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Whether a Life Insurance Case is Decided Under Common Law or Federal ERISA Law Can Make a Big Difference

In Travelers Ins. Co. v. Webb (1996), the Court of Appeals of Tennessee noted that a life insurance policy is a contract between the insured and the insurance company and, as such, courts will construe insurance policies from their “four corners.” In Webb, the decedent had a life insurance policy through his employer and named his wife at the time as his beneficiary. Later, the decedent and his wife divorced and the decedent re-married. At the time of his death, he never changed the beneficiary of his life insurance policy from his ex-wife to his subsequent wife.

The insurance company interpled the policy proceeds with the court on the grounds that both the ex-wife and widow of the decedent had competing claims to the proceeds of the insurance policy. After the trial court ruled in favor of the ex-wife, the decedent’s widow appealed arguing that the decedent intended to name her as a beneficiary.

In upholding the decision of the lower court, the Court of Appeals held that the parties’ intent is “irrelevant” when the language of the policy is clear and unambiguous. It found there was no ambiguity in the policy language at issue. The decedent had named his ex-wife as a beneficiary to his insurance policy and there was nothing in the four corners of the document suggesting any contrary intent.

The Webb opinion is at odds, somewhat, from the decision in S. Elec. Ret. Fund v. Gruel, (M.D. Tennessee 2019), an ERISA case decided by the federal district court for the Middle District of Tennessee which was the subject of a previous blog post. In Gruel, the district court upheld a plan administrator’s decision to deny benefits to a beneficiary designated by the decedent. At the time of the designation, the beneficiary was the decedent’s girlfriend. The decedent and the beneficiary later ended their relationship and, at the time of the decedent’s death, the beneficiary was married to someone else.

In denying benefits to the decedent’s girlfriend, the plan administrator stated that the decedent described her as his “girlfriend,” which meant that he intended her to be his beneficiary until, and unless, that status changed. In explaining its decision not to reverse the decision of the plan administrator, the district court found that the plan administrator’s decision was “sufficiently grounded in reason.”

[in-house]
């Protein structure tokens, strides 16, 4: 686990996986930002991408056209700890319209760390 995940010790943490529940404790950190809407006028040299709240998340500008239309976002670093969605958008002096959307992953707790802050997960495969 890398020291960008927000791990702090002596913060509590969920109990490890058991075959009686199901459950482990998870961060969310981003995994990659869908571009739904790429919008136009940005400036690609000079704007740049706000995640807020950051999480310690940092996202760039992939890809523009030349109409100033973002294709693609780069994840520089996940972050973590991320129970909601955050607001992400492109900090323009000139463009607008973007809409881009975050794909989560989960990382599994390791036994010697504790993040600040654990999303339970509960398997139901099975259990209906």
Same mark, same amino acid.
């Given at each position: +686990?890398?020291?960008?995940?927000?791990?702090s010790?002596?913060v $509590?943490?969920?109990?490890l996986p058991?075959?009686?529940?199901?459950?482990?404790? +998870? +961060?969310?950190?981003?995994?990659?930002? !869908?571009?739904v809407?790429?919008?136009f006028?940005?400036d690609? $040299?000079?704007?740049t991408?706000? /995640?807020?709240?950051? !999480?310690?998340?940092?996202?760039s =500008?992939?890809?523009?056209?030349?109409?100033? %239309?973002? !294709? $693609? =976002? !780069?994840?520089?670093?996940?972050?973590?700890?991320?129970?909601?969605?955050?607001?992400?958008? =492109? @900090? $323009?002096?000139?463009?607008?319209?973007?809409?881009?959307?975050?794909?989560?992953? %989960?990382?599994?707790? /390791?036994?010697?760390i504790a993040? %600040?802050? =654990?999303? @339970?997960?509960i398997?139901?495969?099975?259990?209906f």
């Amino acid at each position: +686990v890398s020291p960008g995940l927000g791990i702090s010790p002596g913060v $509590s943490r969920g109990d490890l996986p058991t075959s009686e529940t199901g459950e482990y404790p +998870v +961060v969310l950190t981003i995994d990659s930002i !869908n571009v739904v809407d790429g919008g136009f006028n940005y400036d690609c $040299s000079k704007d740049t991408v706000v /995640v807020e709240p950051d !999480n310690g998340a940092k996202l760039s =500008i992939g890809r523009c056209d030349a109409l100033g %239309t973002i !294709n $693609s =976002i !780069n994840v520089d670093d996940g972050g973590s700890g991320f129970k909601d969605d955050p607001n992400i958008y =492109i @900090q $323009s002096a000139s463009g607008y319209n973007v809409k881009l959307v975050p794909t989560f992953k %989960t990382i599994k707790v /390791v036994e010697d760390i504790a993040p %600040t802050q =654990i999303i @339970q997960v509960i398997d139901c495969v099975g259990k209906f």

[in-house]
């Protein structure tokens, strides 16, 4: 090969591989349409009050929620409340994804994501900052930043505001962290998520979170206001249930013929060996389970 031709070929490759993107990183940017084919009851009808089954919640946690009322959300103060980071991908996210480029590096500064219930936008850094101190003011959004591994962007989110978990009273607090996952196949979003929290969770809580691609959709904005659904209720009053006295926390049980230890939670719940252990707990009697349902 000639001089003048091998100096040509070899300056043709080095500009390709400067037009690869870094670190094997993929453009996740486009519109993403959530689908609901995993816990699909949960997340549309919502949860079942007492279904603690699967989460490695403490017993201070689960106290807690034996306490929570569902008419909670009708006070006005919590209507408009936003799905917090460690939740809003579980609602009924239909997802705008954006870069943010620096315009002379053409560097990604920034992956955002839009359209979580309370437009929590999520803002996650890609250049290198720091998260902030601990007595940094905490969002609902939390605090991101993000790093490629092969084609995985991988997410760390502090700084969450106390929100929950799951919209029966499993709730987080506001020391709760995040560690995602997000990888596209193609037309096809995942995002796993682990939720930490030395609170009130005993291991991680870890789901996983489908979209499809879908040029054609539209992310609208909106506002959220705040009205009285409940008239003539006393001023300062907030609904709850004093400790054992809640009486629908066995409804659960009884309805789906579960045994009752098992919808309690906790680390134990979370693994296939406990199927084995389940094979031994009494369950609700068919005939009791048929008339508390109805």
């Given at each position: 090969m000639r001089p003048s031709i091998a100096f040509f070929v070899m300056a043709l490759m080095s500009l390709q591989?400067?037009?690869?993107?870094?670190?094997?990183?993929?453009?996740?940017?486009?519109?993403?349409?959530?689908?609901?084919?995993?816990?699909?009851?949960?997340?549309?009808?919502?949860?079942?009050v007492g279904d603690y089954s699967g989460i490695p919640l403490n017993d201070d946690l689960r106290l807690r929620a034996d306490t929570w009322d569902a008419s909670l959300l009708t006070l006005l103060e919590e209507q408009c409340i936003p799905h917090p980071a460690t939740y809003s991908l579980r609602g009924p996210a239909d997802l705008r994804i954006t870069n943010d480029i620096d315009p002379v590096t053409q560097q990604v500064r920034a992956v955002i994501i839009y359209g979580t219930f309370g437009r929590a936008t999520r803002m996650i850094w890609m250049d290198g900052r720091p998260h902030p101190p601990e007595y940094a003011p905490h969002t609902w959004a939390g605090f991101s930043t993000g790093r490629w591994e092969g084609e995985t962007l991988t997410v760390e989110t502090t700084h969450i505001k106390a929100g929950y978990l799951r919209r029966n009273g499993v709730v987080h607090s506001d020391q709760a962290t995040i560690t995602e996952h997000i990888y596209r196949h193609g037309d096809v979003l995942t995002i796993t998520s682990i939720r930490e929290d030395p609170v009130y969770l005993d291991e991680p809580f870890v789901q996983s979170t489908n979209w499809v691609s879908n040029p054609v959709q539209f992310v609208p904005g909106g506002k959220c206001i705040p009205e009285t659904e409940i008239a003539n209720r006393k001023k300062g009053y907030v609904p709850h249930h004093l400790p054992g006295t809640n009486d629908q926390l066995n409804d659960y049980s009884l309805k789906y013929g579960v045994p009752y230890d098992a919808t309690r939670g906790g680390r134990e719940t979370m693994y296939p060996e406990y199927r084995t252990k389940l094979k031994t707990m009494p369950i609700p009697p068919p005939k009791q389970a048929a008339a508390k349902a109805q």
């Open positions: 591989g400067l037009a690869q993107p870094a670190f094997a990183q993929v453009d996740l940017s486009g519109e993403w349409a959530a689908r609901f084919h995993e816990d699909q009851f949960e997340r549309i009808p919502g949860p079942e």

On the surface, the underlying facts in Webb and Gruel seem remarkably similar in that, in both cases, the decedents did not change their designated beneficiaries after their relationships with each of them ended. Nonetheless, in Webb, the court ruled in favor of the original beneficiary, while in Gruel, the court ruled against her. Why were the outcomes completely different in the two cases?

First, Webb was decided under fundamental principles of contract law that Tennessee courts follow. Gruel, however, was an ERISA case which meant that the plan administrator merely needed to make a “reasoned” decision to award or deny the beneficiary the policy proceeds. That decision could have been made according to black letter contract law, or according to the plan administrator’s own interpretation of the decedent’s intent. It is not uncommon to read a district court ruling that, like the one in Gruel, interprets an ERISA plan without any discussion of state contract law principles.

That said, it is possible that the outcome in Gruel would have been the same, even if it were a non-ERISA case applying state contract law principles. Notably, the decedent expressly described his beneficiary as his “girlfriend.” One could argue that the contract should be interpreted to construe the decedent’s intent to be that his girlfriend would remain his beneficiary only so long as she remained his girlfriend.

When challenging a decision from an insurance company or a plan administrator to deny death benefits to a designated beneficiary, it is very important to determine the basis for that decision. Was it made according to the common law of contracts, the rules and procedures of an employee benefit plan or the whims of the plan administrator? If you believe you were wrongly denied proceeds under a life insurance policy, contact an experienced insurance litigation firm to evaluate your case.

 

 

 

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